Mar 20, 2013 (Congressional Documents and Publications/ContentWorks via COMTEX) --
After holding a number of site visits and briefings over the past month, the Subcommittee is convening to hold its first hearing of the 113th Congress on a subject that has had a great impact on the prevention, preparedness, and response capabilities of our State and local partners - homeland security grants.
The September 11th terrorist attacks exposed significant gaps in prevention, preparedness, and response capabilities at all levels of government. As a result, a suite of grant programs was created to address these issues and enhance our preparedness as a Nation. To date, nearly $40 billion has been distributed to States and localities through these grants and according to the National Preparedness Report, which was released last year by FEMA, progress in building and sustaining capabilities has been made as a result of these grants.
According to this report, "Federal preparedness assistance programs have helped build and enhance state, local, tribal, and territorial capabilities through multi-year investments across mission areas." The report goes on to say that, "Federal preparedness assistance has clearly contributed to the capability gains achieved since 9/11." However, as has been noted by the Government Accountability Office and the DHS Inspector General, FEMA has been unable to develop comprehensive measures and metrics to quantify the impact of these grant investments on grantee capabilities. Although a difficult task, we must always ensure that we are good stewards of taxpayer dollars and that we are able to justify and account for investments.
The 9/11 Act, which became law in 2007 stated that, "In order to ensure that the States and high -risk urban areas are using grants administered by the Department... the (FEMA) Administrator shall... use performance metrics.....and ensure that any such State or high risk urban area regularly tests its progress against such metrics." Nearly six years later, we are still waiting for comprehensive measures.
Anecdotally, we know that these grants have made a difference: the National Network of Fusion Centers has enhanced intelligence and information sharing; emergency plans have been developed, updated, and exercised; emergency response providers have received important training; and investments in vital communications capabilities have been made. However, we also know that challenges and capability gaps still remain. But, without appropriate measures and metrics we can't ensure that these grants are going to address critical capabilities in the areas with the greatest risk.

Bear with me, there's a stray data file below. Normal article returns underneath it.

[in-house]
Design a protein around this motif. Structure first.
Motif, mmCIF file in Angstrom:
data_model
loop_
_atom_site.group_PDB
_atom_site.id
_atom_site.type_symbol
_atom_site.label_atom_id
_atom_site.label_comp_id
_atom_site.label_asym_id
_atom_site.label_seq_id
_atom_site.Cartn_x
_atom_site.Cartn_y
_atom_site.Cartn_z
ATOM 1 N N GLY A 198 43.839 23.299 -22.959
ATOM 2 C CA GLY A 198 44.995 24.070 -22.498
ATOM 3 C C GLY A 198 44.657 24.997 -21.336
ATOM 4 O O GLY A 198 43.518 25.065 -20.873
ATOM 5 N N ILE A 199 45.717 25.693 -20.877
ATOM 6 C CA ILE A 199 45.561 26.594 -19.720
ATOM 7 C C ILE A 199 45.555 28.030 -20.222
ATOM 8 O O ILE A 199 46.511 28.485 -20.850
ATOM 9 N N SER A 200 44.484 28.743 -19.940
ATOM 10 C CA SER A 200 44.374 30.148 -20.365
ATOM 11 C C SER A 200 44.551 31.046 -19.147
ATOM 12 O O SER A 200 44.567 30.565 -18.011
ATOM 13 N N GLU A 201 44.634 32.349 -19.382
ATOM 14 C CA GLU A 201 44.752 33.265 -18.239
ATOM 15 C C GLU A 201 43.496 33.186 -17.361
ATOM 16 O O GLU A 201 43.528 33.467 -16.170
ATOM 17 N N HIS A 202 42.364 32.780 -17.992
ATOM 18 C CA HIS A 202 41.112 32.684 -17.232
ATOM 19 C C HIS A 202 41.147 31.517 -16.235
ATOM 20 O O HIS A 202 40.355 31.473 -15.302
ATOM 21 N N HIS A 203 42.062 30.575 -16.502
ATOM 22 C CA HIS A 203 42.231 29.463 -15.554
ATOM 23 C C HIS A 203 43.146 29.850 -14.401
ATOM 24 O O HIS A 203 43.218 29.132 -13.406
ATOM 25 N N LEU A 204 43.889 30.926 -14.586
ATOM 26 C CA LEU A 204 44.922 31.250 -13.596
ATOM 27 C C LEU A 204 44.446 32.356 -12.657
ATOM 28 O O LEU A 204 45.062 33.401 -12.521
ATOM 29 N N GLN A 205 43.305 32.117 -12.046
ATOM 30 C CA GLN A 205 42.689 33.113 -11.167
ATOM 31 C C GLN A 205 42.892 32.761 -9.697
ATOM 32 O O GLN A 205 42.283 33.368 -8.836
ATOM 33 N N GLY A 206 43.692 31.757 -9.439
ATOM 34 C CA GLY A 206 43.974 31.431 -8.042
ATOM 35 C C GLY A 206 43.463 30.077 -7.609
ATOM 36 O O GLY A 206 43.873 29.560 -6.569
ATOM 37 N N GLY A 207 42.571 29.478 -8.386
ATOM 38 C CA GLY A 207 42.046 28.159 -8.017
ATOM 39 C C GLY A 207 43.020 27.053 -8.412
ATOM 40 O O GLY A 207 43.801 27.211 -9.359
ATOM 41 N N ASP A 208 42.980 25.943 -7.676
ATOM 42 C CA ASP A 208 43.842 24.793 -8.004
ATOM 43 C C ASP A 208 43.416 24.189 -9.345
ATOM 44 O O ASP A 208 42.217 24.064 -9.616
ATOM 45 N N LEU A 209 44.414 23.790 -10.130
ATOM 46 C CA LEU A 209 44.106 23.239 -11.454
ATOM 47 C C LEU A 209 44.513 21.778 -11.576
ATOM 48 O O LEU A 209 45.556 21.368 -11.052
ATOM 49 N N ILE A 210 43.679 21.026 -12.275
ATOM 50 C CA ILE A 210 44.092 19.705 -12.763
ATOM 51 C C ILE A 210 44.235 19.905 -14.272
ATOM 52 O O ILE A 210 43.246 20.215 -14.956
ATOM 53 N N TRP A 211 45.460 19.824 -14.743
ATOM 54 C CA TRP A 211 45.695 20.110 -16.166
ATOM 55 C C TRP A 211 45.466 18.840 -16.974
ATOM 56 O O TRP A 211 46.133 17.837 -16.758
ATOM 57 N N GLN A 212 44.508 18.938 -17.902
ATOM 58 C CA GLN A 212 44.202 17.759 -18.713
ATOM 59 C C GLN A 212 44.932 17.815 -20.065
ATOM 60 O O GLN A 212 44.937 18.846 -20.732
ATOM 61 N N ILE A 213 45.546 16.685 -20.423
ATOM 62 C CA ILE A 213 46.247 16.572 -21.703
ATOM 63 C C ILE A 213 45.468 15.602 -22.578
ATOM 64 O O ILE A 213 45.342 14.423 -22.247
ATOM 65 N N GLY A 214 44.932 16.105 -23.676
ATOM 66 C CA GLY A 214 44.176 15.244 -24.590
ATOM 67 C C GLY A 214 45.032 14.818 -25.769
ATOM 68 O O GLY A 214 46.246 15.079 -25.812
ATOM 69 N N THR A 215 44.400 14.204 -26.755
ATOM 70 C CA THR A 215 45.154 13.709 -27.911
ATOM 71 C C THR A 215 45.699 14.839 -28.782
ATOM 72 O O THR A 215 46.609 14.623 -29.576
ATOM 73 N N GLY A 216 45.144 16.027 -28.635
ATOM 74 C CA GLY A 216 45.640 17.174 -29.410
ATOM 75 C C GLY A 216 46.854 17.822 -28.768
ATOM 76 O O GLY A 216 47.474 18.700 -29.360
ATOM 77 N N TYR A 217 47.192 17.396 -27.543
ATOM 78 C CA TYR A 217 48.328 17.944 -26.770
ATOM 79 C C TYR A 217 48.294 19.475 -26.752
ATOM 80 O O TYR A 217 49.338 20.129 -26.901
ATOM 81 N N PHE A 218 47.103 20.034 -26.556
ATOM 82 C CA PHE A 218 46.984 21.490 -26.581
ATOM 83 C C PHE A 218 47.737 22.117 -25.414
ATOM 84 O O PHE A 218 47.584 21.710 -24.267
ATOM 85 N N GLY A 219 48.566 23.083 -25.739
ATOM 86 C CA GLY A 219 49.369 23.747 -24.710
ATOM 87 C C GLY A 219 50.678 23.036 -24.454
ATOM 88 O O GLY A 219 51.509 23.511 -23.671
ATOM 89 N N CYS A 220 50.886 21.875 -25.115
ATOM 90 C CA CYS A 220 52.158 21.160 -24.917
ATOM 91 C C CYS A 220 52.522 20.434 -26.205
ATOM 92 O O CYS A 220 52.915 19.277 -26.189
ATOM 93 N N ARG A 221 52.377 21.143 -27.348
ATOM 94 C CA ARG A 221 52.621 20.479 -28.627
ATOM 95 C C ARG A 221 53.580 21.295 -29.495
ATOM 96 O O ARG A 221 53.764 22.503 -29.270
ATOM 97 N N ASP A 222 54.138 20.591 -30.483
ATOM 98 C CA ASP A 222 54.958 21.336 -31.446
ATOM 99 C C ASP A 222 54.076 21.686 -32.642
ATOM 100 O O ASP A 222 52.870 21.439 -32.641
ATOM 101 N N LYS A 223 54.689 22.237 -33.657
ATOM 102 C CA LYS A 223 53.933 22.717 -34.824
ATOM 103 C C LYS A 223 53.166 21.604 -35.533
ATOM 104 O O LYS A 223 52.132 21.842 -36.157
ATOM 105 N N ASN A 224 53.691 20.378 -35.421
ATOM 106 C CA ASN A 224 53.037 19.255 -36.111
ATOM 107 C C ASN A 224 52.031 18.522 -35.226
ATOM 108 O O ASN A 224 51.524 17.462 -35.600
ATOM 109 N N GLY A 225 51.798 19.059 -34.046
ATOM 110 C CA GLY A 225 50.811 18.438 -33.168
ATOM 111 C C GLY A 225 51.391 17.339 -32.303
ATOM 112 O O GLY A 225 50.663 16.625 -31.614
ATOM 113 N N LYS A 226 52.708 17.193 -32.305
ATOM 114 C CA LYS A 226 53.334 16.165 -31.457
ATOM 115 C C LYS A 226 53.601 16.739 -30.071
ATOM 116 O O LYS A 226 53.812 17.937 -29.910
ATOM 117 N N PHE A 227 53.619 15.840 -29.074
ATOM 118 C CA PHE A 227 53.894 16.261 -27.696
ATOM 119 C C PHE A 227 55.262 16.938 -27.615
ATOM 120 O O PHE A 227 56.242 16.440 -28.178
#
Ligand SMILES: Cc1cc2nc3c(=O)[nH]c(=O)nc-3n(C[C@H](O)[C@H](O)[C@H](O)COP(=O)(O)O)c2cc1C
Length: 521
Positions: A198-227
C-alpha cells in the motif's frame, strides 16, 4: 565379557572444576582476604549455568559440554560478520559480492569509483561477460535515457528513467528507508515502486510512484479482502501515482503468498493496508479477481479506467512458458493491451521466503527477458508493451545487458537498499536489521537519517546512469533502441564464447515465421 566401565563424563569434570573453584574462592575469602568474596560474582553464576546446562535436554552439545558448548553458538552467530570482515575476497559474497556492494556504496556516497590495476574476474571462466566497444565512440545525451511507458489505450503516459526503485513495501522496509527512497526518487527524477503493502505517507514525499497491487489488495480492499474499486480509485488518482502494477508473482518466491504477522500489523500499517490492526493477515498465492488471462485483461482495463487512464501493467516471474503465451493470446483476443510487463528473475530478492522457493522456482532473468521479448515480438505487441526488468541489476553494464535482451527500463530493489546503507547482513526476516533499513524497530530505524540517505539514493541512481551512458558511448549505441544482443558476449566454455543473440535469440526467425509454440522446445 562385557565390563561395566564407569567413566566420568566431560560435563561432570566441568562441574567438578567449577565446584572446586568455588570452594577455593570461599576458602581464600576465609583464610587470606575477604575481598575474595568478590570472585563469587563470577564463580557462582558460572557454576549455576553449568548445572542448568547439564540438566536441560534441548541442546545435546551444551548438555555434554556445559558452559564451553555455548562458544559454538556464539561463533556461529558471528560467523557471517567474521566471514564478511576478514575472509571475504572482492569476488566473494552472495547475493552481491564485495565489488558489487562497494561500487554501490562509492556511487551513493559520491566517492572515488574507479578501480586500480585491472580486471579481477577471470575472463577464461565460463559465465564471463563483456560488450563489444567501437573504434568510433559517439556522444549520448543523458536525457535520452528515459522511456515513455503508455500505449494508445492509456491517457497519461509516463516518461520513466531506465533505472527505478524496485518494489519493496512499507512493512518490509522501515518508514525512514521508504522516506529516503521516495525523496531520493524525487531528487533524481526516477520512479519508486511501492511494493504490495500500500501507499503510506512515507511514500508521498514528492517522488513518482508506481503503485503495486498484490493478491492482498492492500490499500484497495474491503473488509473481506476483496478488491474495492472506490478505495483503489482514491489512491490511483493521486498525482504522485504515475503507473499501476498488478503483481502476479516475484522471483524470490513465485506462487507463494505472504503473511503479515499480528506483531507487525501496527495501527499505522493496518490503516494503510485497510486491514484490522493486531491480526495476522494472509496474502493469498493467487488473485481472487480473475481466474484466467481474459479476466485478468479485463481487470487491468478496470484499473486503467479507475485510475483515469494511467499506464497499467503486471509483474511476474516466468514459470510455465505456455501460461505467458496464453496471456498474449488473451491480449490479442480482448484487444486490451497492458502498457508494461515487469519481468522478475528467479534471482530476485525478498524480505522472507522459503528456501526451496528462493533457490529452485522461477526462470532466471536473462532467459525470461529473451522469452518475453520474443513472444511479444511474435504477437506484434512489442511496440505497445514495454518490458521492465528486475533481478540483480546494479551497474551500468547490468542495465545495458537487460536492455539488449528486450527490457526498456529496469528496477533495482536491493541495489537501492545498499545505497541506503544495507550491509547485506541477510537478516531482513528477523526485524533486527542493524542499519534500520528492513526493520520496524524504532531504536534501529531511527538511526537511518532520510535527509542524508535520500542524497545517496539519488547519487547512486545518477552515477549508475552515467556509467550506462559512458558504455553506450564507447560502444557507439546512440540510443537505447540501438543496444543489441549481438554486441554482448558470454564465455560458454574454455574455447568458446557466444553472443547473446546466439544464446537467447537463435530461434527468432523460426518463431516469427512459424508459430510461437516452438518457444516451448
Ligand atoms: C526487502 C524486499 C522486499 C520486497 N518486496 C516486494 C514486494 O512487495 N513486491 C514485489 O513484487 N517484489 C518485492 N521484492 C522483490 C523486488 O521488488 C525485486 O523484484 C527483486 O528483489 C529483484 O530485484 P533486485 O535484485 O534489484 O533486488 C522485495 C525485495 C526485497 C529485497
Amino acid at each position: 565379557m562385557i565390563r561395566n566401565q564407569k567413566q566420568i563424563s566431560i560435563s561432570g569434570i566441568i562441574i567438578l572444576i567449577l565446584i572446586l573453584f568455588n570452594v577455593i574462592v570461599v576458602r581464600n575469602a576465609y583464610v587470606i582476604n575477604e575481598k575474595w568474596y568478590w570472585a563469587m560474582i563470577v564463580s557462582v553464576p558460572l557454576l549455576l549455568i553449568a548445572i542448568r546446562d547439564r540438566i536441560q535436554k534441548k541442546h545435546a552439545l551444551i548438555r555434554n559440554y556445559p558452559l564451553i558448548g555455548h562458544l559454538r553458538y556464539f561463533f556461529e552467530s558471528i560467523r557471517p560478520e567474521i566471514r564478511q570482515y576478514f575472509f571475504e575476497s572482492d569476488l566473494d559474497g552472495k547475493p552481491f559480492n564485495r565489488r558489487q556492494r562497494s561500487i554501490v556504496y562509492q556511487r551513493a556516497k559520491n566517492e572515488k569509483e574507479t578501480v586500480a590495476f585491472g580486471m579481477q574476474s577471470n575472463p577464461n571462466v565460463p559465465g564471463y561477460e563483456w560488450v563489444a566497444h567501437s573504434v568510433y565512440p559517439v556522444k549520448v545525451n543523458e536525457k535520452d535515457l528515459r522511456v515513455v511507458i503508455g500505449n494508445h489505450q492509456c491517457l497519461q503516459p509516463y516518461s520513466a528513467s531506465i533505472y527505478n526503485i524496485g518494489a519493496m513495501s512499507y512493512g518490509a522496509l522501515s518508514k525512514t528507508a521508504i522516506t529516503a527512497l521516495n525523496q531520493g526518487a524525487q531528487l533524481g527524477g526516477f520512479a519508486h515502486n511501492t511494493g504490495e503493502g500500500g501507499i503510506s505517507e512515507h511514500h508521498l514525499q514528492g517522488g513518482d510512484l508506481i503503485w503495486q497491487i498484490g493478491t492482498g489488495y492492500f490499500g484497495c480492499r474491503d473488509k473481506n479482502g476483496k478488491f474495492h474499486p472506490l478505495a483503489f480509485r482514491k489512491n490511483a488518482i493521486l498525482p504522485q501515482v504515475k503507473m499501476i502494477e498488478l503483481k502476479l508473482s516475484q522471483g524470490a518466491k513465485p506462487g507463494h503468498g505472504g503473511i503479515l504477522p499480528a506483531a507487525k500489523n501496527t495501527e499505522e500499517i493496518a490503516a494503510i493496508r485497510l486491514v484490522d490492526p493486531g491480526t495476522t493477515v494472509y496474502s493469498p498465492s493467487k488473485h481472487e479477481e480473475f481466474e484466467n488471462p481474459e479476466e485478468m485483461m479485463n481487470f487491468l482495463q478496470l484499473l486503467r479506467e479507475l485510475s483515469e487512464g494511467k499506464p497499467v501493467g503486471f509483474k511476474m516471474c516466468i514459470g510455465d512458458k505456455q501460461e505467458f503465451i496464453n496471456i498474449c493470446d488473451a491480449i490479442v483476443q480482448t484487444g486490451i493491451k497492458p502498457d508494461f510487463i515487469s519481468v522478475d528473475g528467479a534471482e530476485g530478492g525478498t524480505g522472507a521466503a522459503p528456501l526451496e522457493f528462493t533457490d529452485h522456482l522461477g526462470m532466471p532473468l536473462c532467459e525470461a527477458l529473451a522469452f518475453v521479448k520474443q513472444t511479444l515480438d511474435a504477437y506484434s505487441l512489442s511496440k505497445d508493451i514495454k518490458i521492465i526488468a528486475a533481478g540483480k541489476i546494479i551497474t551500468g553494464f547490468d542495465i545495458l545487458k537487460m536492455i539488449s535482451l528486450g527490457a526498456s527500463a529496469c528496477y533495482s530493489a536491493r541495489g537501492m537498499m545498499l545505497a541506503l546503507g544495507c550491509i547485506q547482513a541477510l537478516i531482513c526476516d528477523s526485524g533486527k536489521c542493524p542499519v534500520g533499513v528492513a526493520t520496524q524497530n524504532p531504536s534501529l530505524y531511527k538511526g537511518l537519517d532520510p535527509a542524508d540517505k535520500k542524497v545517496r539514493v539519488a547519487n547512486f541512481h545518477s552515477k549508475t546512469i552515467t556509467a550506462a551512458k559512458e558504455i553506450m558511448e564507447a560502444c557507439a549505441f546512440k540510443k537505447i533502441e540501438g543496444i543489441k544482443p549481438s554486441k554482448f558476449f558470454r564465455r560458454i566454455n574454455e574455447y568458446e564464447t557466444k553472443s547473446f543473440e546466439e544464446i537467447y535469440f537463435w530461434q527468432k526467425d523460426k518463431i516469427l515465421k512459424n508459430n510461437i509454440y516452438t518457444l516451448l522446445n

We are all aware of the grave fiscal challenges facing all levels of government. We must ensure that we are getting a return on our investment and that each and every grant dollar is used appropriately. When it comes to our security, we can't afford to waste a single dollar.
Last Congress, this Subcommittee held a number of hearings on homeland security grants and the capabilities that have been attained since September 11th. We continue that important oversight today. We have many questions about the impact of these grants and about how these dollars are utilized, how their impact is being measured and how the Department and FEMA are ensuring that the grants are being used in the appropriate manner according to their intent.
I hope that the hearing today will answer several key questions:
o What progress has been made in FEMA's efforts to measure the impact of homeland security grants
o What steps are being taken to ensure that grant funds are being used in accordance with the grant guidance
o What progress has FEMA made since this Subcommittee held a hearing on grants almost exactly a year ago
o How will the THIRAs help inform the investment justification and project approval process
o Based on the findings of the National Preparedness Report, what are the capabilities most in need of investment
I am pleased to welcome our distinguished panel of witnesses and look forward to hearing your perspectives on these important topics.